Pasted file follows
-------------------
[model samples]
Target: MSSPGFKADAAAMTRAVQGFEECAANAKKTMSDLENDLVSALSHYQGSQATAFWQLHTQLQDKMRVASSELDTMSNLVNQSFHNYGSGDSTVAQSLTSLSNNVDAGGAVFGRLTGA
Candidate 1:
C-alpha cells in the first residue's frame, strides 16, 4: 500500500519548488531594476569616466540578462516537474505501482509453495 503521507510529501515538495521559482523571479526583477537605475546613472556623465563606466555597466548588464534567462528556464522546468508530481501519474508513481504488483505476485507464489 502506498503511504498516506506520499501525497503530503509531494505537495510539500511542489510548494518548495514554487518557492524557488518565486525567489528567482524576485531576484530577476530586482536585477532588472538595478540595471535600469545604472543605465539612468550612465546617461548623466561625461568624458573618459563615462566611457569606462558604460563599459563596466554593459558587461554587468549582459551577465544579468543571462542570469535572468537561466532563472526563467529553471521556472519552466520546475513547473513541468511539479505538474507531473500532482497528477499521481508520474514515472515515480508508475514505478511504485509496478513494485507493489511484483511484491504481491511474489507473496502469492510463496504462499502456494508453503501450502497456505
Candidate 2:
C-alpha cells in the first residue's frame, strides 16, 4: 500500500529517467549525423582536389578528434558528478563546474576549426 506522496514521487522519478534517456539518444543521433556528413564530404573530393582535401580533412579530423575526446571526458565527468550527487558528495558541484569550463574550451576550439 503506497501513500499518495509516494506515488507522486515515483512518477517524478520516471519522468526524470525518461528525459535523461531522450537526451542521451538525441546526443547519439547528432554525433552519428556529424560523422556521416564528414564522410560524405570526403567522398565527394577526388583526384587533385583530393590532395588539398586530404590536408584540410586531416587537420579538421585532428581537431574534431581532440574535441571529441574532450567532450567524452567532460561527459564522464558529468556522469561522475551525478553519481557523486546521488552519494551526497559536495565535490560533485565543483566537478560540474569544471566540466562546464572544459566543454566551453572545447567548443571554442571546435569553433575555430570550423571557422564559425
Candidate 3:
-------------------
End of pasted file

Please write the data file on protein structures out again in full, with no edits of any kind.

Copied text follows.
[model samples]
Target: MSSPGFKADAAAMTRAVQGFEECAANAKKTMSDLENDLVSALSHYQGSQATAFWQLHTQLQDKMRVASSELDTMSNLVNQSFHNYGSGDSTVAQSLTSLSNNVDAGGAVFGRLTGA
Candidate 1:
C-alpha cells in the first residue's frame, strides 16, 4: 500500500519548488531594476569616466540578462516537474505501482509453495 503521507510529501515538495521559482523571479526583477537605475546613472556623465563606466555597466548588464534567462528556464522546468508530481501519474508513481504488483505476485507464489 502506498503511504498516506506520499501525497503530503509531494505537495510539500511542489510548494518548495514554487518557492524557488518565486525567489528567482524576485531576484530577476530586482536585477532588472538595478540595471535600469545604472543605465539612468550612465546617461548623466561625461568624458573618459563615462566611457569606462558604460563599459563596466554593459558587461554587468549582459551577465544579468543571462542570469535572468537561466532563472526563467529553471521556472519552466520546475513547473513541468511539479505538474507531473500532482497528477499521481508520474514515472515515480508508475514505478511504485509496478513494485507493489511484483511484491504481491511474489507473496502469492510463496504462499502456494508453503501450502497456505
Candidate 2:
C-alpha cells in the first residue's frame, strides 16, 4: 500500500529517467549525423582536389578528434558528478563546474576549426 506522496514521487522519478534517456539518444543521433556528413564530404573530393582535401580533412579530423575526446571526458565527468550527487558528495558541484569550463574550451576550439 503506497501513500499518495509516494506515488507522486515515483512518477517524478520516471519522468526524470525518461528525459535523461531522450537526451542521451538525441546526443547519439547528432554525433552519428556529424560523422556521416564528414564522410560524405570526403567522398565527394577526388583526384587533385583530393590532395588539398586530404590536408584540410586531416587537420579538421585532428581537431574534431581532440574535441571529441574532450567532450567524452567532460561527459564522464558529468556522469561522475551525478553519481557523486546521488552519494551526497559536495565535490560533485565543483566537478560540474569544471566540466562546464572544459566543454566551453572545447567548443571554442571546435569553433575555430570550423571557422564559425
Candidate 3: